Friday, August 7, 2009


I am back in the land of my birth. I have traveled to the coast of Cape Breton Island in eastern Canada. I am here with my mother. We are visiting her family. We have been discussing this trip for a decade and I am happy we can finally unite.

I am mostly a stranger here other than to close family. Though I was born and spent the first 4 years of my life here, I grew up a thousand miles away in Ontario. It could have been a million miles away. It could have been another planet.

The reality is I have spent half of my life outside of Canada so I greet return visits with a comfortable but curious disposition. In any case, I have not been back here for many many years, far too long to leave matters of family.

We are in the largest Gaelic speaking community outside of Ireland and the UK. Most of the population is of Celtic or Anglo Saxon heritage. I am profoundly struck by the cultural connections. This is an anthropological Petri dish. It is land that harks back to another time.

The pace of small town life is unmeasured. Houses have large gardens and picket fences. Traffic moves at a snail’s pace and politely gives way to pedestrians. Strangers regularly greet you on the street and bode you well. Shopkeepers are polite and ask after your family. Modern urban dwellers do not appreciate that places like this exist.

Most of my mother’s family live 5 minutes from each other. My Aunt’s house is the centre of the universe. The volume of traffic through the door in a day is most impressive. Brothers, sisters, cousins, children, grand children, neighbours, friends; it does not abate. Everyone is welcome.

The tea is steeped for what seems hours in advance of lengthy storytelling and discourse, engaged in by all generations. The laughing is often contagious. The branch of my family we are close to look after each other and are charitable with their actions both at home and in the community. They are good people.

I am fortunate for many things in life not least of which is a lovely family and friends and to have travelled and lived around the world. The older I get the more curious I become about why peoples from wherever they are, are the way that they are.

Though I only spent the formative years of my life here it is patently clear to me how important these years are in a child’s development. My indelible memory is that of being loved to near death by my grandparents and aunts and uncles, and well looked after by my cousins.

I am grateful. It explains a lot.

Blood is thicker than water.



daisyfae said...

you didn't even have to mention the physical beauty of the place! did 2 weeks primitive camping the atlantic provinces and fell in love with the location - and people!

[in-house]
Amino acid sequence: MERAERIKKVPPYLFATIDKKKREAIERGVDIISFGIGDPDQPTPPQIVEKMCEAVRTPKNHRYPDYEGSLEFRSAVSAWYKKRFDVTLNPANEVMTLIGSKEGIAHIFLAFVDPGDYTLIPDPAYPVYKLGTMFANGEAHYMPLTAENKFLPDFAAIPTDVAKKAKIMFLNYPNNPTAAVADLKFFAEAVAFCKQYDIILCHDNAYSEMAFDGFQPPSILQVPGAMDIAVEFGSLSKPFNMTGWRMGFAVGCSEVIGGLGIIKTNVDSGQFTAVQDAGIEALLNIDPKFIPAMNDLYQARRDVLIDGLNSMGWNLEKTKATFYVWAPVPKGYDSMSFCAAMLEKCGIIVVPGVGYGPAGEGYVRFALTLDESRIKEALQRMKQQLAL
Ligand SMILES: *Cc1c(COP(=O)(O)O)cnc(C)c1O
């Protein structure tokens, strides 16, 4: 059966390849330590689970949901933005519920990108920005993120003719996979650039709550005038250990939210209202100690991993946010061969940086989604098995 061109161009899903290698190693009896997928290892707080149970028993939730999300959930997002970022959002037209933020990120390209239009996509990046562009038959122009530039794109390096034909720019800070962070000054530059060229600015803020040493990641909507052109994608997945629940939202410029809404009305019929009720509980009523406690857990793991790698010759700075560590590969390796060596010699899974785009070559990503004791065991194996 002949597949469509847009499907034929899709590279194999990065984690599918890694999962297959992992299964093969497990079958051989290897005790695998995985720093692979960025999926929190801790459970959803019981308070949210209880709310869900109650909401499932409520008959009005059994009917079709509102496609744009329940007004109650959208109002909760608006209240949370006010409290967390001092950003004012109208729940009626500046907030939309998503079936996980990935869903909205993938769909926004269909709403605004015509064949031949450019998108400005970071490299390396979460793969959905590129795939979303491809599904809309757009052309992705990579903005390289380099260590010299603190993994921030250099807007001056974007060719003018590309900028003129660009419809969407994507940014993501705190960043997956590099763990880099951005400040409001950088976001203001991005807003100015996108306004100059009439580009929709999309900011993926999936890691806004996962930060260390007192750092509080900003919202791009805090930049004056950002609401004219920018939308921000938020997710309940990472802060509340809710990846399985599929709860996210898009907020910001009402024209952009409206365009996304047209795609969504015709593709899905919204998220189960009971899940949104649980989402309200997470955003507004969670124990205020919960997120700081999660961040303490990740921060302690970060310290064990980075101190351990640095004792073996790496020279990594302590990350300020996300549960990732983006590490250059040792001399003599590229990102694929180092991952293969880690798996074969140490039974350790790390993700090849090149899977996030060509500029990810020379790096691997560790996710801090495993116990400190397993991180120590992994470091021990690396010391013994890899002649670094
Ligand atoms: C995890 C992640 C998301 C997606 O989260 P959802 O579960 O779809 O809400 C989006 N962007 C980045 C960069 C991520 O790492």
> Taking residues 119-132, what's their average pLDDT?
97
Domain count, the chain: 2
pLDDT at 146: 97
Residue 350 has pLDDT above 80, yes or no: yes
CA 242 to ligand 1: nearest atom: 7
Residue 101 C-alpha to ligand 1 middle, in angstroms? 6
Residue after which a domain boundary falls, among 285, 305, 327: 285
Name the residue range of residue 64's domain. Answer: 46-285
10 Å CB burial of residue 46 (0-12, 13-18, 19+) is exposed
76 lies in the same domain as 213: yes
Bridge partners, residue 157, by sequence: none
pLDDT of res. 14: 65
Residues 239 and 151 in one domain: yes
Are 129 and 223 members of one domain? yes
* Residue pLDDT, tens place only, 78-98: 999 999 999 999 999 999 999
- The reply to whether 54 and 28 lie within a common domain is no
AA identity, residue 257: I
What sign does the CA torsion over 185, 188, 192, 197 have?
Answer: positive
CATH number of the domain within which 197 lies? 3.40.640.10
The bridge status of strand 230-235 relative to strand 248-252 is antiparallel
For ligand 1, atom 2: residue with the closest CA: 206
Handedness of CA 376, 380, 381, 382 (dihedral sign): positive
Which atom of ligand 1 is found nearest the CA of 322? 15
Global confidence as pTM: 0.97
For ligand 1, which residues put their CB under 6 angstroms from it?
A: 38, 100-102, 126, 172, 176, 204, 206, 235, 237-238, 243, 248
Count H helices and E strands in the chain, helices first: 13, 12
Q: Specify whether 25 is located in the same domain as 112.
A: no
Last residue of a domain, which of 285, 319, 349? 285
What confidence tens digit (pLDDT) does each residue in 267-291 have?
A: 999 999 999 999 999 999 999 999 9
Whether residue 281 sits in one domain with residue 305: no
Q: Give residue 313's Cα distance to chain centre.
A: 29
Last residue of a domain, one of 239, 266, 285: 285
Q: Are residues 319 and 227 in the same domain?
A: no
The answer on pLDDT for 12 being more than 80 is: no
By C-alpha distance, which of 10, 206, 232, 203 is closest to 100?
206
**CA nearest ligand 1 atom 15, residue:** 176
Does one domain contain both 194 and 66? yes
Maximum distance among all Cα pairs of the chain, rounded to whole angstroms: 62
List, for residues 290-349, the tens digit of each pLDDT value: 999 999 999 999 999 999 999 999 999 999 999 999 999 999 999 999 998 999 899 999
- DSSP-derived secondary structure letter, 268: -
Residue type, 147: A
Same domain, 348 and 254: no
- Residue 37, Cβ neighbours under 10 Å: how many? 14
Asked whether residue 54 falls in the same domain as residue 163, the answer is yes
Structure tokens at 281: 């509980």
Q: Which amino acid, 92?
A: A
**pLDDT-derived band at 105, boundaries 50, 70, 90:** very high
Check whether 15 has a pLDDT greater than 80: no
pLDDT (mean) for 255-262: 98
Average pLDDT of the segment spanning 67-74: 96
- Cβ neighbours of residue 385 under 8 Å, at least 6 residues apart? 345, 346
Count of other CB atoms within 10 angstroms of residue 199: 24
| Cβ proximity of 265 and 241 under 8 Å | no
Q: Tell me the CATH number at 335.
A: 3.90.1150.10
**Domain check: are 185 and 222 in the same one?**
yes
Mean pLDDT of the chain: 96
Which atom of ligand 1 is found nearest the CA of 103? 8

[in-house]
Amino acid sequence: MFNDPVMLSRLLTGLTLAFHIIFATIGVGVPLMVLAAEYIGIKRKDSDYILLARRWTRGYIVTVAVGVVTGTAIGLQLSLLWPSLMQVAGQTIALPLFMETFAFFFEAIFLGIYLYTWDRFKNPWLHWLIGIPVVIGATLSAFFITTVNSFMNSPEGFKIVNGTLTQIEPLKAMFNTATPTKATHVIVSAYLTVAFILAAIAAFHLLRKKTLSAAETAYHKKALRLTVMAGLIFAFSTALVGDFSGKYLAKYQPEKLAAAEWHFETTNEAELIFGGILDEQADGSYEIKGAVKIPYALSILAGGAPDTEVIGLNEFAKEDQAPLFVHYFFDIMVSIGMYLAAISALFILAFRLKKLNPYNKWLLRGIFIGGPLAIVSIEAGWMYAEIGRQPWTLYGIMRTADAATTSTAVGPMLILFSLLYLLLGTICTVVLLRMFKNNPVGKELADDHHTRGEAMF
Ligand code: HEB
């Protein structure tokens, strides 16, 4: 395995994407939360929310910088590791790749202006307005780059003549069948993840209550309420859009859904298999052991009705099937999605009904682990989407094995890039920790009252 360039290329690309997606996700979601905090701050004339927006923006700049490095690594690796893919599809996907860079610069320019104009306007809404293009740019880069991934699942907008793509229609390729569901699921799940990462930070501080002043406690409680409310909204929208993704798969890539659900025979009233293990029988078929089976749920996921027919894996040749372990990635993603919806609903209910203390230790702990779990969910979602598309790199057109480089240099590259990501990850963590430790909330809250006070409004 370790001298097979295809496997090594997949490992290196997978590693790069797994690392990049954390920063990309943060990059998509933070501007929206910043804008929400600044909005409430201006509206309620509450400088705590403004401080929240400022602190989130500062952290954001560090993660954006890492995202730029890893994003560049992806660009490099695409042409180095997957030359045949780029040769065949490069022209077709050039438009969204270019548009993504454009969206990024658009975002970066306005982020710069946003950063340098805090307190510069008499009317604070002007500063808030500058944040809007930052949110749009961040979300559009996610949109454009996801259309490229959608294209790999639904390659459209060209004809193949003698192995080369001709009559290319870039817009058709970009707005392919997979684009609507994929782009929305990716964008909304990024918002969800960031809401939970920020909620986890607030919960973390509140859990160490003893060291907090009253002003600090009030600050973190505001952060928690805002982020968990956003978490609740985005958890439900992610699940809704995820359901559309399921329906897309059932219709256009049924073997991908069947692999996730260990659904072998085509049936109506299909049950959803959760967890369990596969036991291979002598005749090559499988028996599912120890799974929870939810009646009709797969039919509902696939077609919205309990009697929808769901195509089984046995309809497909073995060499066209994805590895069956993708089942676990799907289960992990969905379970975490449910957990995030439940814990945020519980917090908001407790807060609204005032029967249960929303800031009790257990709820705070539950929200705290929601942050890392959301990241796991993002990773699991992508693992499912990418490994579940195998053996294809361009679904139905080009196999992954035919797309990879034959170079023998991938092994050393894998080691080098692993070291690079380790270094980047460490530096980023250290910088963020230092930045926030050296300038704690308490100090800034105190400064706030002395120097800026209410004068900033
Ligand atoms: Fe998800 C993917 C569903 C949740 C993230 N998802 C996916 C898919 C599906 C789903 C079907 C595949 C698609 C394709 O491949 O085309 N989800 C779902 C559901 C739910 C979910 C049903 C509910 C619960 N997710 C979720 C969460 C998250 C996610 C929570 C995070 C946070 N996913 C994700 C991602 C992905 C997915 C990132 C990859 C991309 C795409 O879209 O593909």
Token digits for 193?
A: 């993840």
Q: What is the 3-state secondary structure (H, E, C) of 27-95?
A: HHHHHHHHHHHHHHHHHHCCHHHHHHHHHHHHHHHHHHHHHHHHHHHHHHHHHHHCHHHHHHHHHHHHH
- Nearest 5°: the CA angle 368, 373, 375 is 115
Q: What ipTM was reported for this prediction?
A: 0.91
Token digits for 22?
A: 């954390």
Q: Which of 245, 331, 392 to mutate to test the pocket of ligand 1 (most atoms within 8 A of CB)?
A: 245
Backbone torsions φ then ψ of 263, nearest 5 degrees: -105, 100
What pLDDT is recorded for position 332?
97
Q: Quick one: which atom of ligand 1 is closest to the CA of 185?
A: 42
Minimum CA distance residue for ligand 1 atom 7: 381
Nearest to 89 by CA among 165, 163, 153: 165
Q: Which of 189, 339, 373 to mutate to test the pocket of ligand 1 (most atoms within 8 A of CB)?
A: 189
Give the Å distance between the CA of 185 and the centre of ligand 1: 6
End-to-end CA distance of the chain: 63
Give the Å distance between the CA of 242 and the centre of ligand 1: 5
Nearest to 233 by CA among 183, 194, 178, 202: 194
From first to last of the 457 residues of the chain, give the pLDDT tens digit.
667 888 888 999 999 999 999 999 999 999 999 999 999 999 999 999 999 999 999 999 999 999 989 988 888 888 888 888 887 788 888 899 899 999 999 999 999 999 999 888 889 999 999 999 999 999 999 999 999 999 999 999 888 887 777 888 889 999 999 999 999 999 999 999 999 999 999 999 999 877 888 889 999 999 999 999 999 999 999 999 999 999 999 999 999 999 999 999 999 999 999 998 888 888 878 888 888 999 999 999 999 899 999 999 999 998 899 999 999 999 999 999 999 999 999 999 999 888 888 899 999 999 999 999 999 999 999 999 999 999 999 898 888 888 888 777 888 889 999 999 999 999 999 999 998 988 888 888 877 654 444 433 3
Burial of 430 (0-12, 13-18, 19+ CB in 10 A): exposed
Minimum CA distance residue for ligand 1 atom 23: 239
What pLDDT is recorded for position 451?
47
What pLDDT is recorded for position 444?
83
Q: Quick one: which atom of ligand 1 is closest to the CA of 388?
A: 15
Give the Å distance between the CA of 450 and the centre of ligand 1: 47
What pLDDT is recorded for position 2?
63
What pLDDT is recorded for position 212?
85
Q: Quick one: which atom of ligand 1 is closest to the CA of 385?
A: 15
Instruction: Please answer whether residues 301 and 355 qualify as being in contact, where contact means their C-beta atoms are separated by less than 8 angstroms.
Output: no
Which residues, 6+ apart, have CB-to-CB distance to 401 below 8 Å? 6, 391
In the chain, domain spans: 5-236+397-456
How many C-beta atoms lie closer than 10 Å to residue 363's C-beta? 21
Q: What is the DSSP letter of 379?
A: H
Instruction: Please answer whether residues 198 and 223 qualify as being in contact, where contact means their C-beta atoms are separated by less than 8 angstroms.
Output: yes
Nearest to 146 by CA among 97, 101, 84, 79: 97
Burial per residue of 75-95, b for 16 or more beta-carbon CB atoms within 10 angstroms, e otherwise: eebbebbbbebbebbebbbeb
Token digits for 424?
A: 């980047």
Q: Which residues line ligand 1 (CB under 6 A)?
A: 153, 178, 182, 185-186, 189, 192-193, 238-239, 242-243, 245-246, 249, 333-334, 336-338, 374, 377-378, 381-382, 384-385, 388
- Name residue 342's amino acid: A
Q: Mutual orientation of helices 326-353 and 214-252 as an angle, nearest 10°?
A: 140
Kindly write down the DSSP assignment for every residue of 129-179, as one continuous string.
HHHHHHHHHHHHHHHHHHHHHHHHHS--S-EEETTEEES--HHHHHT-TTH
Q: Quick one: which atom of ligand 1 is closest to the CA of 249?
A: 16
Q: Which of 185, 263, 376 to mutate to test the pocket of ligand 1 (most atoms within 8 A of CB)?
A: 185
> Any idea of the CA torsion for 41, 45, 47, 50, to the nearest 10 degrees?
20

have a donnair for me!

American in Norway said...

Ahhhh... what a lovely post... glad you made it "home"

tomeoftheunknownblogger said...

Nice post BB. I trust that Canada Customs did not give you a significant going over before allowing you in?

The family connections you describe so eloquently were certainly found in my late wife's family who, I believe I've mentioned, were Scandinavian in origin.

My family? Not so much. Mom's side is a little more in touch regularly although I have little to nothing to do with pretty much all of my cousins. Dad's side is much worse, although Dad's side has its roots in the UK (probably more Brit than Celtic). I haven't seen or spoken to anyone on my Dad's side since my grandfather died and before that it was to tell my grandfather of my own Dad's passing. Cousins? It's been decades.

When I read accounts such as yours I get a little envious. Then, I remember the last time that my siblings and I were all together and then recall that I said at that time, "Never again."


canadianfermentation said...

Nice post. My dad was originally from Cape Breton as well. I have yet to visit, but it is in my plans. Actually I've always had the urge to move there, sight unseen. This post just reinforces that urge.

nursemyra said...

I've been to Cape Breton Island!

Michele said...

Since Americans are genetically unable to fathom the geography of Canada, I had to look up Cape Breton in Wikipedia. According to the pictures, it's fantastically beautiful. What a cool place to be born!

So glad you're enjoying such a wonderful time with your family. Here you are only missing more rain. ;-)

Zhu said...

Are you coming by Ottawa by any chance? Hurry up, it doesn't rain today!

I'd love to visit the Maritimes sometimes. Canada is such a huge place...

Elizabeth Mahlou said...

I know the feeling. I grew up in Maine, but I have lived all over the world since. Now when I return to Maine, I feel like a stranger, even though my relatives are still there, as are many of my high school peers. Thomas Wolfe says "You Cannot Go Home Again," but it seems to me that you can. For me, it is only difficult in that people generally do not move away from rural Maine and so I am not easily understood even by those who grew up with me.

suicide_blond said...

thank goodness..
where would be if we couldnt go home??

beaverboosh said...

df - cool... yeah beautiful place and people... had lobster for ya!

ain - thanks, it's great to be home

rob - never say never. maybe we will see you in Norway or the UK?

cf - hey cool dude, i don't know about moving to CB, maybe retirement, but it is definitely worth a visit

nm - girl, where haven't you been?

michele - it is a pretty cool place, definitely off the beaten track... looking forward to the rain... NOT

zhu - next time darling... ya you need to check it out some day

elizabeth - welcome... you can always go home... I have been hugged and loved to death here

suicide - away. (hey girl, long time, I missed you)

Return to Norway said...

Excellent post. Enjoy the laughter with your family

beaverboosh said...

c - was a blast. hope you are getting settled!